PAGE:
Coronavirus (COVID-19) Notice
Although most refuge lands and outdoor spaces have remained open for the public to enjoy, we ask that you recreate responsibly.

  • Check alerts and local conditions on this website and call ahead for current information. Operations vary based on local public health conditions.
  • Consistent with CDC recommendations, all visitors (age 2 and older), who are fully vaccinated are required to wear a mask inside of federal buildings in areas of substantial or high community transmission.. All visitors who are not fully vaccinated must continue to wear masks indoors and in crowded outdoor spaces.
  • Most importantly, stay home if you feel sick and continue to watch for symptoms of COVID-19 and follow CDC guidance on how to protect yourself and others.


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    Brown Booby

    The brown booby makes dramatic sky dives to catch parrot fish, mullet and flatfish foraging 30 to 50 feet below the ocean surface.

    Brown Booby

  • Masked booby rotator

    Masked Booby

    While rarely sighted in North America an average of 30 pairs a year nest on Palmyra Atoll.

    Masked Booby

  • Red-footed booby rotator

    Red-footed Booby

    This booby's next meal is completely dependent upon the existence of schools of tuna that push prey fish near the surface of the ocean.

What's New

Palmyra Atoll Volunteer Opportunity


The U.S. Fish and Wildlife Service is recruiting four volunteers available from approximately January 5th to May 30th, 2022, to participate in an invasive plant species control project at Palmyra Atoll National Wildlife Refuge. See link for the full announcement.

Palmyra Atoll Volunteer Announcement

Marine Predators and Coral Reef Growth

Marine Predators and Coral Reef Growth

Researchers from Imperial College of London and University of California Santa Barbara study the vital role of marine predators in supplying nutrients to coral reef ecology working in the waters around Palmyra Atoll NWR

UCSB Study

News From the Refuge

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Check out the latest updates and happenings from around the Refuge


The Marvelous Musical Report!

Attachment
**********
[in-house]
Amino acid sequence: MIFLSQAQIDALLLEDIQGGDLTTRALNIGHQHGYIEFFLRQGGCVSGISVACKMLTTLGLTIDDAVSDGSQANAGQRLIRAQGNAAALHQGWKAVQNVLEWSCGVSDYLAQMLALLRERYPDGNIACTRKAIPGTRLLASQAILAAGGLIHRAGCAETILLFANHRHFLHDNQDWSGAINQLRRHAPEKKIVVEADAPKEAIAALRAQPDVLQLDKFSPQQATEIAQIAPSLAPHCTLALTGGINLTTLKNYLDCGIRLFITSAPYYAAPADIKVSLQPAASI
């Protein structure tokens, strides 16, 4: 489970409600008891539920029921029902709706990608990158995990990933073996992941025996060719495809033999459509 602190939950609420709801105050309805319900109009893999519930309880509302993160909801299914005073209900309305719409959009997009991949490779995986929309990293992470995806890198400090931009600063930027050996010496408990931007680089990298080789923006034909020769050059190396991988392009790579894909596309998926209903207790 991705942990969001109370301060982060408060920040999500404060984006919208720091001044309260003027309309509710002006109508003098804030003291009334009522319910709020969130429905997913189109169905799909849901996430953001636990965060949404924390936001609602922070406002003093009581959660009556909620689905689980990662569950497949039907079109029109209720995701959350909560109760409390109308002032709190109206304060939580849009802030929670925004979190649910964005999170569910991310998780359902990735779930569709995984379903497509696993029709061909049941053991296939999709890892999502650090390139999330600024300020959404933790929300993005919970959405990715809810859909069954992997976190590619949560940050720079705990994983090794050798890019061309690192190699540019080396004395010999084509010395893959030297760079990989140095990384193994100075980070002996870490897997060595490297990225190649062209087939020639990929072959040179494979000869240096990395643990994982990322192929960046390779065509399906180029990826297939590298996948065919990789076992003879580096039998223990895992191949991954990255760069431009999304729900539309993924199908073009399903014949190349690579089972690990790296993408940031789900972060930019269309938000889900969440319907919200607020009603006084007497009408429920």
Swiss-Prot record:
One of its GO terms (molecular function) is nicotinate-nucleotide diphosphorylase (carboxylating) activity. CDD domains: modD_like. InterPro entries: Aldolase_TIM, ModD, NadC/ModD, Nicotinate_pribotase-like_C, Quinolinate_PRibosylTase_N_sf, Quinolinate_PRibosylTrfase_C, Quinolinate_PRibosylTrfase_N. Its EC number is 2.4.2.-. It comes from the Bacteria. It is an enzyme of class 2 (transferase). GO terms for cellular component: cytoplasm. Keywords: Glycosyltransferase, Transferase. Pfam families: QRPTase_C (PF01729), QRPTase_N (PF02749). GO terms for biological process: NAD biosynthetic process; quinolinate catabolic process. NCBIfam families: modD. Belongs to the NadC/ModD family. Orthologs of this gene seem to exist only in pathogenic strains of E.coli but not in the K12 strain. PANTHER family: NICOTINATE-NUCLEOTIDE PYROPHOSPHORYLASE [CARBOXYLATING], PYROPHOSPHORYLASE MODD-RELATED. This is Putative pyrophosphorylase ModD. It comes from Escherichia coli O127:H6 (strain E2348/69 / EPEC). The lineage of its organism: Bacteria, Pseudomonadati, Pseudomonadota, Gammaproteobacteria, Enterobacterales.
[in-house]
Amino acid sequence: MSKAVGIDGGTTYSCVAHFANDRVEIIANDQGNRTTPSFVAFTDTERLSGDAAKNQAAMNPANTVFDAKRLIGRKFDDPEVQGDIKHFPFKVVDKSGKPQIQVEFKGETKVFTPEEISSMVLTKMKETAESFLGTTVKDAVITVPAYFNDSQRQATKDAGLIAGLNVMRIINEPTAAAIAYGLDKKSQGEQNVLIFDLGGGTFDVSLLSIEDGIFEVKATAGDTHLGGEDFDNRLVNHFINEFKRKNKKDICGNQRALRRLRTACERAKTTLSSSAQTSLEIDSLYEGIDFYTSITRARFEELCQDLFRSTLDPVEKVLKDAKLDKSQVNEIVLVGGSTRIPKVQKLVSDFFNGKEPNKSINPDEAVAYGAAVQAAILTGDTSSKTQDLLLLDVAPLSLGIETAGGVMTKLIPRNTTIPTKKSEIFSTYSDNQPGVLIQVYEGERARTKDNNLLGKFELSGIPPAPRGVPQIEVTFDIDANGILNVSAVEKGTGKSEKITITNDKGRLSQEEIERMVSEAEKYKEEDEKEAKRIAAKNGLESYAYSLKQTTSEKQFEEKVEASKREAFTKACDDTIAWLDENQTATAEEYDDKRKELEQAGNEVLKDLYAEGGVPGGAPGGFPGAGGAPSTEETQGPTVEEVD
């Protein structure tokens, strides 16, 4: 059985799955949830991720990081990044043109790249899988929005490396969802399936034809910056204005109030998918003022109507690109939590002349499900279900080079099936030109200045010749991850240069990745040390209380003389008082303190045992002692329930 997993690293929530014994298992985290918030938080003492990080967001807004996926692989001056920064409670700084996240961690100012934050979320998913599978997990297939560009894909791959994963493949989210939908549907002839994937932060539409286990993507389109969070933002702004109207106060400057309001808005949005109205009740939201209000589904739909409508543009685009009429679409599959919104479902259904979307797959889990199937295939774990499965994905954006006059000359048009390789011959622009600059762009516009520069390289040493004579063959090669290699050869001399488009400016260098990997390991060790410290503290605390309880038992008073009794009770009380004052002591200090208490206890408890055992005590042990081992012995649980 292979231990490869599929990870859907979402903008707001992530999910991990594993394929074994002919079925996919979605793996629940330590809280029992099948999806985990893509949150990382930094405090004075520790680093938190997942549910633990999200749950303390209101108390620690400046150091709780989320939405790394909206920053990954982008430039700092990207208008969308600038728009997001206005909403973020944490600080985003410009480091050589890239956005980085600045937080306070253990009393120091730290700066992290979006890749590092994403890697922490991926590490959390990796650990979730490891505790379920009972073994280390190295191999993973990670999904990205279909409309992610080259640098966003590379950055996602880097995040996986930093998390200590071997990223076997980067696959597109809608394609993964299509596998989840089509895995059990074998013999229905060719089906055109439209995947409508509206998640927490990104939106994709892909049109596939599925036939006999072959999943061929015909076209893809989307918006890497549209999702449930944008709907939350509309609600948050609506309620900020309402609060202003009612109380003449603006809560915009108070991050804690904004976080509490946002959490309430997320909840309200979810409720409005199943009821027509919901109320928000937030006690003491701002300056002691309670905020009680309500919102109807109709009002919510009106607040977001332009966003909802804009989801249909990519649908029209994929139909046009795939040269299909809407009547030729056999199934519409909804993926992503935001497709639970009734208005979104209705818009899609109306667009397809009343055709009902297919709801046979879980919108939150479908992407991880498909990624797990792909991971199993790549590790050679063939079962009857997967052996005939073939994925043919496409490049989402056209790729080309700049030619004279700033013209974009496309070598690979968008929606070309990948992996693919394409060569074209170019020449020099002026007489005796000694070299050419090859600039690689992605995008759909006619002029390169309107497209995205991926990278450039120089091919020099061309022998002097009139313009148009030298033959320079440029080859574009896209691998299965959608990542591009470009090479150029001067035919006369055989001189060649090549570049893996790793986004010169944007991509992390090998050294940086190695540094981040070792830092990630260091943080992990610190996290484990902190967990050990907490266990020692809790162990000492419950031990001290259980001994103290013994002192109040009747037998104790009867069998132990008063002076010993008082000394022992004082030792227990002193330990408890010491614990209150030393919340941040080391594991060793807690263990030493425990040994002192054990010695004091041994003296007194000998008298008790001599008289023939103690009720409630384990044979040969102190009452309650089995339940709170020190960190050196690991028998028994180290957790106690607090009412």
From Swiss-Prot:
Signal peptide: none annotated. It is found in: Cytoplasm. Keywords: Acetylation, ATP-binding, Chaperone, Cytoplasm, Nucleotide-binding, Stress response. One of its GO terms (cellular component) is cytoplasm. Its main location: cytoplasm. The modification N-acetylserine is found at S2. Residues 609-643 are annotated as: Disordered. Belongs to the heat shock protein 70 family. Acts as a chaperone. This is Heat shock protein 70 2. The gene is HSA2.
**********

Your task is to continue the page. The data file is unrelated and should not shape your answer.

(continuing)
Starring a business man, giant clams, a young child, hydro-thermal vents, seabirds by the millions, sharks by the tens, ridiculously colored fish and coral, coconut crabs that climb trees and last but not least a baby! A not-to-be missed musical environmental and cultural assessment featuring the Papahānaumokuākea, the Rose Atoll, the Pacific Remote Islands and the Marianas Trench Marine National Monuments.

Check it Out!
Pacific Remote Islands Marine National Monument

Protecting Islands and our Pacific Ocean

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Palmyra Atoll National Wildlife Refuge and six other national wildlife refuges are seemingly just dots near the equator of the Pacific Ocean, but upon a closer look these islands, reefs, and atolls are at the epicenter of Pacific Remote Islands Marine National Monument, one of the largest marine conservation areas in the world. These refuges host terrestrial and marine life in numbers and unique and specialized life forms beyond our imagination and they provide a safe haven for millions of birds and marine life that swarm to shallow areas and islands to rest, to feed, to mate, and to give life to their off-spring.

Learn More

U.S. Fish and Wildlife Service

Marine Monuments Program

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Palmyra Atoll National Wildlife Refuge is managed by the Fish & Wildlife Service in the Marine Monuments Program of the Pacific Islands Refuges and Monuments Office (PIRAMO). For more information contact: U.S. Fish and Wildlife Service/Palmyra Atoll National Wildlife Refuge, Box 50167, Honolulu, HI 96850 808-792-9540.

Marine Monuments and Wildlife Refuges of the Central Pacific Ocean

About the NWRS

National Wildlife Refuge System


The National Wildlife Refuge System, within the U.S. Fish and Wildlife Service, manages a national network of lands and waters set aside to conserve America's fish, wildlife, and plants.

Learn more about the NWRS